I made these pumpkins while we were waiting out Hurricane Harvey and wondering if our street was going to flood. Thankfully it did not, but as you can imagine I had a lot of nervous energy to burn off and making a pile of sweater pumpkins seemed to help, so that's what I did! The result is a pumpkin patch full of sweet sweater pumpkins, each with its own bendable, realistic-looking stem!

These pumpkins really are easy to make, and need just a few supplies.

Supplies to make sweater pumpkins

Sweater sleeve pumpkins, the easy way

Step by step instructions are below the image.

Step One - prep sleeve

Cut sleeves off sweaters at the armpit. Cut sleeve in half. Turn inside out and wrap end tightly with a rubber band. Turn right side out.

Step Two - dried beans baby

Add an inch or two of dried beans to the bottom. This helps pumpkin hold its shape and gives it a weighted base.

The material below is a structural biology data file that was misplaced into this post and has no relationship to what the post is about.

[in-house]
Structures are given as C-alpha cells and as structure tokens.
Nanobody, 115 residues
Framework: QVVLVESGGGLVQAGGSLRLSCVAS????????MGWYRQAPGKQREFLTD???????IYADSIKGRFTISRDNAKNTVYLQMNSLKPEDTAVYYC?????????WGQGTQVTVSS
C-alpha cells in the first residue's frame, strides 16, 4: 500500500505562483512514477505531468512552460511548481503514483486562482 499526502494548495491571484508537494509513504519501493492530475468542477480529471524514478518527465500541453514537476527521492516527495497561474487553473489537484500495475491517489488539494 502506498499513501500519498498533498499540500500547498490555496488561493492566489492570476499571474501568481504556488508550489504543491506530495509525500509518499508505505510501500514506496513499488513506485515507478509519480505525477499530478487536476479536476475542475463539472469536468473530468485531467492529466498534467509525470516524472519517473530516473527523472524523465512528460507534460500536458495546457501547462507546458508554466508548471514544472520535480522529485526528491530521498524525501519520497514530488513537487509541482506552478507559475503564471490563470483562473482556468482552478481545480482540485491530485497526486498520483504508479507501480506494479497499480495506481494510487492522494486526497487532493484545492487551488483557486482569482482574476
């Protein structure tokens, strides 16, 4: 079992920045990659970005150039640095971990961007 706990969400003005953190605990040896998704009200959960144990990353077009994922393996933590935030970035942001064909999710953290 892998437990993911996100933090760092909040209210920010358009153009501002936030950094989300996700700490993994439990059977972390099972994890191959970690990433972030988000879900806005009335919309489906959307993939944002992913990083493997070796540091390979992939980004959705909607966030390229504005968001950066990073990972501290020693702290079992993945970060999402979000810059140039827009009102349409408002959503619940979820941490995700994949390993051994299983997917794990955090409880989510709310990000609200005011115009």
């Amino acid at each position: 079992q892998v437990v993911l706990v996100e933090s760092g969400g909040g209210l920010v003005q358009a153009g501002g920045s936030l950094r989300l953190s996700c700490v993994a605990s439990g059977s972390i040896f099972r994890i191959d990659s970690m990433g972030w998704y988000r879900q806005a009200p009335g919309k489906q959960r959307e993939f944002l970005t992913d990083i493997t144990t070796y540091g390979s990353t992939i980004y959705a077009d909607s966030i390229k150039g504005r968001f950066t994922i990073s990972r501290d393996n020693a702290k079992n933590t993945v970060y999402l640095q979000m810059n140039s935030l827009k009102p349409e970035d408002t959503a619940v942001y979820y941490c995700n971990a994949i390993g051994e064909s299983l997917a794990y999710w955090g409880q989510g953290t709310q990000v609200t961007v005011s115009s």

Step Three -  add the fluff

Add polyfill about halfway up the sleeve.

Step Four - tie closed

Tie top with rubber band as tightly as possible. You could also use a strong piece of yarn or jute twine to close the top of your pumpkins.

Step Five - conceal

Tie jute cord tightly around the rubber band.

Step Six - make stem slimmer

Cut corners off remaining sleeve to reduce bulk.

Step Seven - wrap step

Wrap jute twine as tightly as possible along the length of the stem we are creating. You will notice it getting narrower as you get to the end because we removed the bulk in the previous step.

Step Eight - finish

Glue end of jute to stem.

That's it! You can see these pumpkins in action all around my fall-decorated home!